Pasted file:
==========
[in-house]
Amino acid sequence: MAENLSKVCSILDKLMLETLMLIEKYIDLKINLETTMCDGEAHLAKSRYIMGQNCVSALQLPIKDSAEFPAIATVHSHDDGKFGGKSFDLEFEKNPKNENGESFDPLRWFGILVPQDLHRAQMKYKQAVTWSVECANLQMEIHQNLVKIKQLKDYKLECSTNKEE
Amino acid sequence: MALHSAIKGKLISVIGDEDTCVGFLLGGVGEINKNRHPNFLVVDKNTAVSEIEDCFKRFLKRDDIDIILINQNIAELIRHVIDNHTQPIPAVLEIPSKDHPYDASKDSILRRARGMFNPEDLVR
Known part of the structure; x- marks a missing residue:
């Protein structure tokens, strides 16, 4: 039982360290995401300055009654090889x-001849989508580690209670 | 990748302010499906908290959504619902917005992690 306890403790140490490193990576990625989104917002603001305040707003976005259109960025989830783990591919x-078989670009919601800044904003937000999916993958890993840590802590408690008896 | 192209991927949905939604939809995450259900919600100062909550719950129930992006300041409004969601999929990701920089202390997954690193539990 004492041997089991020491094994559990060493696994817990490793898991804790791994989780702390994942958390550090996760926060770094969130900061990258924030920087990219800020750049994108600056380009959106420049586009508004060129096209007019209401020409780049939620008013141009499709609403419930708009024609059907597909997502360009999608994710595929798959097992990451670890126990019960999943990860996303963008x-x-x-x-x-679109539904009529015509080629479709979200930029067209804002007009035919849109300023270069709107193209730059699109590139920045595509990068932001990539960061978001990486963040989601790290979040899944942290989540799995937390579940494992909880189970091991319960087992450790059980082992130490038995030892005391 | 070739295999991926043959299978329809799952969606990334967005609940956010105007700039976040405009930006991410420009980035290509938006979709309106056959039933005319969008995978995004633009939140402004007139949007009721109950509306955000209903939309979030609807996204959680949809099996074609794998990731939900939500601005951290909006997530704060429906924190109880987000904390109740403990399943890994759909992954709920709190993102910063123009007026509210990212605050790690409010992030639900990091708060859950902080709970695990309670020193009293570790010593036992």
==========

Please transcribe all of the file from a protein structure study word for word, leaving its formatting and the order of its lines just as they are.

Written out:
[in-house]
Amino acid sequence: MAENLSKVCSILDKLMLETLMLIEKYIDLKINLETTMCDGEAHLAKSRYIMGQNCVSALQLPIKDSAEFPAIATVHSHDDGKFGGKSFDLEFEKNPKNENGESFDPLRWFGILVPQDLHRAQMKYKQAVTWSVECANLQMEIHQNLVKIKQLKDYKLECSTNKEE
Amino acid sequence: MALHSAIKGKLISVIGDEDTCVGFLLGGVGEINKNRHPNFLVVDKNTAVSEIEDCFKRFLKRDDIDIILINQNIAELIRHVIDNHTQPIPAVLEIPSKDHPYDASKDSILRRARGMFNPEDLVR
Known part of the structure; x- marks a missing residue:
């Protein structure tokens, strides 16, 4: 039982360290995401300055009654090889x-001849989508580690209670 | 990748302010499906908290959504619902917005992690 306890403790140490490193990576990625989104917002603001305040707003976005259109960025989830783990591919x-078989670009919601800044904003937000999916993958890993840590802590408690008896 | 192209991927949905939604939809995450259900919600100062909550719950129930992006300041409004969601999929990701920089202390997954690193539990 004492041997089991020491094994559990060493696994817990490793898991804790791994989780702390994942958390550090996760926060770094969130900061990258924030920087990219800020750049994108600056380009959106420049586009508004060129096209007019209401020409780049939620008013141009499709609403419930708009024609059907597909997502360009999608994710595929798959097992990451670890126990019960999943990860996303963008x-x-x-x-x-679109539904009529015509080629479709979200930029067209804002007009035919849109300023270069709107193209730059699109590139920045595509990068932001990539960061978001990486963040989601790290979040899944942290989540799995937390579940494992909880189970091991319960087992450790059980082992130490038995030892005391 | 070739295999991926043959299978329809799952969606990334967005609940956010105007700039976040405009930006991410420009980035290509938006979709309106056959039933005319969008995978995004633009939140402004007139949007009721109950509306955000209903939309979030609807996204959680949809099996074609794998990731939900939500601005951290909006997530704060429906924190109880987000904390109740403990399943890994759909992954709920709190993102910063123009007026509210990212605050790690409010992030639900990091708060859950902080709970695990309670020193009293570790010593036992």